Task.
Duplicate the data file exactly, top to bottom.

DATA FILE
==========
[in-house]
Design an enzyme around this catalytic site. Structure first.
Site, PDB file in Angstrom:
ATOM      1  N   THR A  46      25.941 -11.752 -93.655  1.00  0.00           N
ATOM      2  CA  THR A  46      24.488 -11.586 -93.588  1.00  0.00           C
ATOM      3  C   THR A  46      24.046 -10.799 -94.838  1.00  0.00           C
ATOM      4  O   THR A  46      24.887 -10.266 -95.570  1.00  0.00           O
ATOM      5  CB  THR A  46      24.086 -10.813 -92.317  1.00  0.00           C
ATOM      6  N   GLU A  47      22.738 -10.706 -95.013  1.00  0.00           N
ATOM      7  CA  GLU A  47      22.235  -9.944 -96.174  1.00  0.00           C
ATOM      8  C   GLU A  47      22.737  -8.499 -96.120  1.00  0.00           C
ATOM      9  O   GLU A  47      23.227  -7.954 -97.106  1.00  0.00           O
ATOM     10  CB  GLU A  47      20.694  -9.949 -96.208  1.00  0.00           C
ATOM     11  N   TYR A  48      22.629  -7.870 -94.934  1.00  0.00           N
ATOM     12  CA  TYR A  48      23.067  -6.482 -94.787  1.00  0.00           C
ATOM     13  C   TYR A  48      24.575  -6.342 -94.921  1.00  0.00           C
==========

[in-house]
Design an enzyme around this catalytic site. Structure first.
Site, PDB file in Angstrom:
ATOM      1  N   THR A  46      25.941 -11.752 -93.655  1.00  0.00           N
ATOM      2  CA  THR A  46      24.488 -11.586 -93.588  1.00  0.00           C
ATOM      3  C   THR A  46      24.046 -10.799 -94.838  1.00  0.00           C
ATOM      4  O   THR A  46      24.887 -10.266 -95.570  1.00  0.00           O
ATOM      5  CB  THR A  46      24.086 -10.813 -92.317  1.00  0.00           C
ATOM      6  N   GLU A  47      22.738 -10.706 -95.013  1.00  0.00           N
ATOM      7  CA  GLU A  47      22.235  -9.944 -96.174  1.00  0.00           C
ATOM      8  C   GLU A  47      22.737  -8.499 -96.120  1.00  0.00           C
ATOM      9  O   GLU A  47      23.227  -7.954 -97.106  1.00  0.00           O
ATOM     10  CB  GLU A  47      20.694  -9.949 -96.208  1.00  0.00           C
ATOM     11  N   TYR A  48      22.629  -7.870 -94.934  1.00  0.00           N
ATOM     12  CA  TYR A  48      23.067  -6.482 -94.787  1.00  0.00           C
ATOM     13  C   TYR A  48      24.575  -6.342 -94.921  1.00  0.00           C